RCA Supports Projects Aiding Refugees
Over the past several weeks, the RCA has supported mission partners and co-workers as they work with refugees across Europe and the Middle East.
Just now, RCA mission coworker JJ TenClay is with Waldensian colleagues visiting other refugees on the island of Lampedusa.
Carolyn Otterness, who serves with her husband in partnership with the Reformed Church in Hungary, has seen the fruit of this support.
Carolyn recently visited two sites in Austria that are aiding refugees seeking asylum. These two sites are run by a Roman Catholic diocese in the Vienna area. Austria, traditionally, is Roman Catholic, with a near 75% of the population being Catholic in the 2001 census, and Lutherans being the largest Protestant denomination at almost 5% in the same census.
When our train arrived in Vienna, many refugees were waiting in the station for a train to take them somewhere. Because of the overwhelming numbers of refugees, some countries prohibit international train crossings. Many refugees end up walking into Austria.
When I visited Austria, Father Hans Huetter, a priest in Vienna, took me to two refugee projects to which the RCA gave support.
First he took me to Eggenburg. Just over a week ago, a church there began welcoming young men under 18 who arrive alone to Austria as refugees. The young men come primarily from Syria and Afghanistan.
The church houses the young men in an old school, where they learn to speak German, acquire job skills, and become integrated into the community around them.
While I was there, I saw one young man who looked very sad and distant. He did not try to communicate with us or even look at us. Another appeared very happy. He spoke a bit of English, offered us tea, and was constantly drawing trees and flowers.
This place is beautiful and very peaceful. These young men are extremely fortunate because the town is very eager to welcome them and help them, and the grounds and building of their new home are so lovely. Some refugees are housed in cold, cramped, and crowded spaces, with inadequate toilets and little privacy. In comparison, this old school in Eggenburg looks like heaven.
Then Father Hans Huetter took me to an overnight shelter in a church in Vienna. I saw exhaustion on the faces of the refugees as they entered the shelter, but they were obviously very happy and relieved to be there. They receive a mattress and sheet to sleep on, and then they are given dinner. A medical team is on hand to offer simple care and evaluation.
The refugees stay in two large rooms, one for men and boys, and another for women, girls, and young children. The church has had over 200 refugees each night for the past few nights, which is too many for the toilet facilities they have, so some of the refugees are being bussed to a different shelter. Still, the people at the church are dedicated to this shelter, volunteering their time and talents.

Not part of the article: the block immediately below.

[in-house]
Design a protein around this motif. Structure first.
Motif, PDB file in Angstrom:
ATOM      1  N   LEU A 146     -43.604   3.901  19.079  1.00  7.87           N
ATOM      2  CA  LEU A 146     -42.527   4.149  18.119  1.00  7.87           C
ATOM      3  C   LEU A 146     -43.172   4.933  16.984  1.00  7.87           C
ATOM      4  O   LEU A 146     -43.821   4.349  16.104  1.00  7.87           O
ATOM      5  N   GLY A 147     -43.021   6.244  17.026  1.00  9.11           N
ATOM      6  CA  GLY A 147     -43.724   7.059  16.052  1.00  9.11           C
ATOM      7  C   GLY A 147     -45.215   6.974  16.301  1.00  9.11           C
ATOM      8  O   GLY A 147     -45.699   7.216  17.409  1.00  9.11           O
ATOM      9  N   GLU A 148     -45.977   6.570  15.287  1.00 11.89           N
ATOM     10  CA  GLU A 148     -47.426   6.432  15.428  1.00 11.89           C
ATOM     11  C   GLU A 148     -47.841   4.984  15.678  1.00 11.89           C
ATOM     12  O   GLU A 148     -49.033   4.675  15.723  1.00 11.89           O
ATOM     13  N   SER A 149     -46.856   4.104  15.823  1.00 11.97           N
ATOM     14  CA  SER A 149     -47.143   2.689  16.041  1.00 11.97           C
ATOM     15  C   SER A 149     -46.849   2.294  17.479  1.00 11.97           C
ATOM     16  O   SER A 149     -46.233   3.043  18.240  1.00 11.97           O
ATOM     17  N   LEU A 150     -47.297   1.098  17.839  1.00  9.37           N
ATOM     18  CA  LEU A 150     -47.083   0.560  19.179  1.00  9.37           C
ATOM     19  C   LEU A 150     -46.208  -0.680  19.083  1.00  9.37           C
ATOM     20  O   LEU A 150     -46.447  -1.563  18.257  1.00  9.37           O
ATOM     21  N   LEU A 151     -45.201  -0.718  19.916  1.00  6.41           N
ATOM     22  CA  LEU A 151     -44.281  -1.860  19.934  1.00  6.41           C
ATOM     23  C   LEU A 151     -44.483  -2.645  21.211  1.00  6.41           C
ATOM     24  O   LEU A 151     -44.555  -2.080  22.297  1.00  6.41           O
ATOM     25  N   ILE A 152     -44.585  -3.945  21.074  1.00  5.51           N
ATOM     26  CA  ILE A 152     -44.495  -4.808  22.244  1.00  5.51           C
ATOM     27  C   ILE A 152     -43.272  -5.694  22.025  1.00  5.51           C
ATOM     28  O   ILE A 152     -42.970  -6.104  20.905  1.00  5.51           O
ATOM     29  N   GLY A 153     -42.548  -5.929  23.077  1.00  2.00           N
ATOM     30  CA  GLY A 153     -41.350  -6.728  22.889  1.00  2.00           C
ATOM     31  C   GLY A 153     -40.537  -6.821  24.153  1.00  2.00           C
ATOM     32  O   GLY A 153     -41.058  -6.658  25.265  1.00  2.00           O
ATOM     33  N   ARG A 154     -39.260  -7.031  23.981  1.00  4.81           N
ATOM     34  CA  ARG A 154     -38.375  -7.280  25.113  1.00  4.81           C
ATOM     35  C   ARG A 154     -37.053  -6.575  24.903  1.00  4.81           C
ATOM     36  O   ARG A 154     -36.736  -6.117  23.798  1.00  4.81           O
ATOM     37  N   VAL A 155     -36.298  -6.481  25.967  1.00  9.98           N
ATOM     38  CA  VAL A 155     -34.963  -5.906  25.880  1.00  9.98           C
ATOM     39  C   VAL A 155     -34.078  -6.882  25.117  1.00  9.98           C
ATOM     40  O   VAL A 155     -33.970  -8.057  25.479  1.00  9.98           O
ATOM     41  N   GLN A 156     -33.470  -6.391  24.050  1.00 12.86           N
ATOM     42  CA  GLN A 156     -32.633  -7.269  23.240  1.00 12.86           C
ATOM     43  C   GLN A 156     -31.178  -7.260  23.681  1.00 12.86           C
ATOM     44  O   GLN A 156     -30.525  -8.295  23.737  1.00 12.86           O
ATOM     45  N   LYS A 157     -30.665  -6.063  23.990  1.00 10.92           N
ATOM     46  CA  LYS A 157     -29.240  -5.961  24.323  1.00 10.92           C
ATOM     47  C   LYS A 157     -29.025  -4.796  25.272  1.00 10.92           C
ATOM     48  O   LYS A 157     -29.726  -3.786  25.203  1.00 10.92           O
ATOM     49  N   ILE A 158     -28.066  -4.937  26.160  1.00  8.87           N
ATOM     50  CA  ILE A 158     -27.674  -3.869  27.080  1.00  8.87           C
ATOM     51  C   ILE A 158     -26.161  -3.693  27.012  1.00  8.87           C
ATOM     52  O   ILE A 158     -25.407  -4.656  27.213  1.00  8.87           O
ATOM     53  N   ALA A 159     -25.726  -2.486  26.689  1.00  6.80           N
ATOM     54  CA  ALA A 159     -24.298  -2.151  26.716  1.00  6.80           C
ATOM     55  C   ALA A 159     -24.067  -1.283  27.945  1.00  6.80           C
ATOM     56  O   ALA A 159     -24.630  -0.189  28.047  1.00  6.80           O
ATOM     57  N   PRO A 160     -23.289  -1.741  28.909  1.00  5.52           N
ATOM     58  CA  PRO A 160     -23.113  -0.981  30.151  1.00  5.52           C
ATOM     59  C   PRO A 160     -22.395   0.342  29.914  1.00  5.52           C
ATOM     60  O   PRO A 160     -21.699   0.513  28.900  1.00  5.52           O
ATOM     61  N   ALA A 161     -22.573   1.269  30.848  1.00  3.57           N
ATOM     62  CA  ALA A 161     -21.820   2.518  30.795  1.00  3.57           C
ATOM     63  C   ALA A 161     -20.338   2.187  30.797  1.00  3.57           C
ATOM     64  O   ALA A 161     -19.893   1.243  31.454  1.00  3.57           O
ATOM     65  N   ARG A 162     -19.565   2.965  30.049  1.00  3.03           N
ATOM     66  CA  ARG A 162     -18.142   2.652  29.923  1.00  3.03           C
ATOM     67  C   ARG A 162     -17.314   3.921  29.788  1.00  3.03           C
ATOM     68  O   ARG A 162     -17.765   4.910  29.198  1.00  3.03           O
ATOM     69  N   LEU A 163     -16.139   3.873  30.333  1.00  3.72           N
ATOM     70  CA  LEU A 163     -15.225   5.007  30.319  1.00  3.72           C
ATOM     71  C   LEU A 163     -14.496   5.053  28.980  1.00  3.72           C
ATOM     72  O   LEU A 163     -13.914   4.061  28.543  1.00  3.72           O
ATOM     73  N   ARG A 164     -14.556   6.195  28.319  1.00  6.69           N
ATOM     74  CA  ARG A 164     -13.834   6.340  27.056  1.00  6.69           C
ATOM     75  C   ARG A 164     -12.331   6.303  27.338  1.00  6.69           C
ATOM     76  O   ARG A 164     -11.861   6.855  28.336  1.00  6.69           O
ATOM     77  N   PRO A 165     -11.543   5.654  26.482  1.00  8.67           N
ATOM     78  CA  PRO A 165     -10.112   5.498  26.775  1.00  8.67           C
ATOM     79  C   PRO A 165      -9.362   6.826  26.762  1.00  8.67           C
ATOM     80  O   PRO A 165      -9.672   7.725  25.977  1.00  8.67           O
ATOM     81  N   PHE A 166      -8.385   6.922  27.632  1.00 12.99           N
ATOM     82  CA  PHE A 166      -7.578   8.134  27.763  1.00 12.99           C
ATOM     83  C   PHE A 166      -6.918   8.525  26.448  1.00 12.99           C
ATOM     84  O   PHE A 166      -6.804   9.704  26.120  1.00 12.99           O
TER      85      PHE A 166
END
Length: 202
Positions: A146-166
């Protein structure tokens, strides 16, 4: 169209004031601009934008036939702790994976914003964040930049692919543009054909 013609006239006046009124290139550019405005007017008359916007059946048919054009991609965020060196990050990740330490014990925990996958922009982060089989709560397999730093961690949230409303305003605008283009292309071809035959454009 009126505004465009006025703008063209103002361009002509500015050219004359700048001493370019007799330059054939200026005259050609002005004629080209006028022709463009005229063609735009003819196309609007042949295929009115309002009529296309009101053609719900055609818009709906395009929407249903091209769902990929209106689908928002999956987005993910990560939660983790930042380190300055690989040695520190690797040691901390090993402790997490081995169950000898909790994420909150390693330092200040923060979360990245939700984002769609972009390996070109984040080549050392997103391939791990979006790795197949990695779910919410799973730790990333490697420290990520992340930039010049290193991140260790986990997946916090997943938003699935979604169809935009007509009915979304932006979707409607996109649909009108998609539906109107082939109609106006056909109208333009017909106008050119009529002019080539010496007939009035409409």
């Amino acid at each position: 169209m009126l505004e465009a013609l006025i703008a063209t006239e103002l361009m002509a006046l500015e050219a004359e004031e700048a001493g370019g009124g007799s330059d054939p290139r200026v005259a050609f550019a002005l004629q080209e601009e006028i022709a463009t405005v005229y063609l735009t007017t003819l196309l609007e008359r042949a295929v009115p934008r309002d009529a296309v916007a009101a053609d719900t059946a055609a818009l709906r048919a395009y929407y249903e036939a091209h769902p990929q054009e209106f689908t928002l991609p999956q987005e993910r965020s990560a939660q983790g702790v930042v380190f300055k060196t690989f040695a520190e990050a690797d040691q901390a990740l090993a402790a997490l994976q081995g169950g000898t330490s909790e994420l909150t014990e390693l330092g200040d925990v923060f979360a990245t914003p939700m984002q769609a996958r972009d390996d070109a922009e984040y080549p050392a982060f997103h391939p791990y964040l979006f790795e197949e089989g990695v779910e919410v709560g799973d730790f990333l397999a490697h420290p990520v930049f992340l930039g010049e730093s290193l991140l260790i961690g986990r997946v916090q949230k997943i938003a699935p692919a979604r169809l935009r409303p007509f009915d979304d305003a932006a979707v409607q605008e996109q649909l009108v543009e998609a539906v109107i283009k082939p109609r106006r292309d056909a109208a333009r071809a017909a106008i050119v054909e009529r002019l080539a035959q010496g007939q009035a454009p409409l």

Unlike Austria, Hungary, where we serve, is not welcoming to refugees. Hungarian authorities and laws seem to change every week, but the message to the refugees is very clear: “Do not enter Hungary illegally or you will go to prison. We will make it very difficult for you to stay here.” This article offers more information about Hungary’s position.
The flow of refugees going to Western Europe through Budapest has virtually stopped. In the meantime, the refugee mission in Hungary is re-strategizing and planning for the integration of refugees and for the support they will need over the long term. The numbers of refugees claiming asylum in Hungary will increase, while the refugee mission has decreased both in staff size and in financial support.
Most people recognize that refugees are human beings who have left their homeland for reasons of fear, hopelessness, misery, and death. Too many people, though, fear that immigrants will cause destruction of a familiar way of life, that Hungary will become Muslim, or that terrorists will hide among the refugees.
This is a time for the whole world, not just Europe, to grapple with how to handle the needs of people who are seeking hope, security, freedom, and opportunities that they cannot find in their own homeland. This refugee crisis may well be the defining issue of this century. Jesus tells us to feed the hungry, visit the prisoner, welcome the alien, help care for the widows and orphans, and clothe the naked. How we do this is dependent on laws, efforts of citizens, civil discussions, and listening to those who are seeking refuge.
Please pray for the refugees who are traveling, seeking refuge, seeking hope, and seeking safety. Pray for the people working so hard to offer a little bit of hope and comfort along the way. Pray for those who have to make difficult decisions and make laws. Pray for your own churches and communities as you talk about ways you can help. Don’t just talk about sending money; give. You can give through the RCA. But don’t just give; also look at ways that your own church can offer hope and help to the refugees and immigrants that live in your community.
Thank you for your interest, your prayers, and your financial support towards these projects that help the refugees and refugee missions.
For more information on the refugee crisis, see the Otternesses’ recent newsletter.
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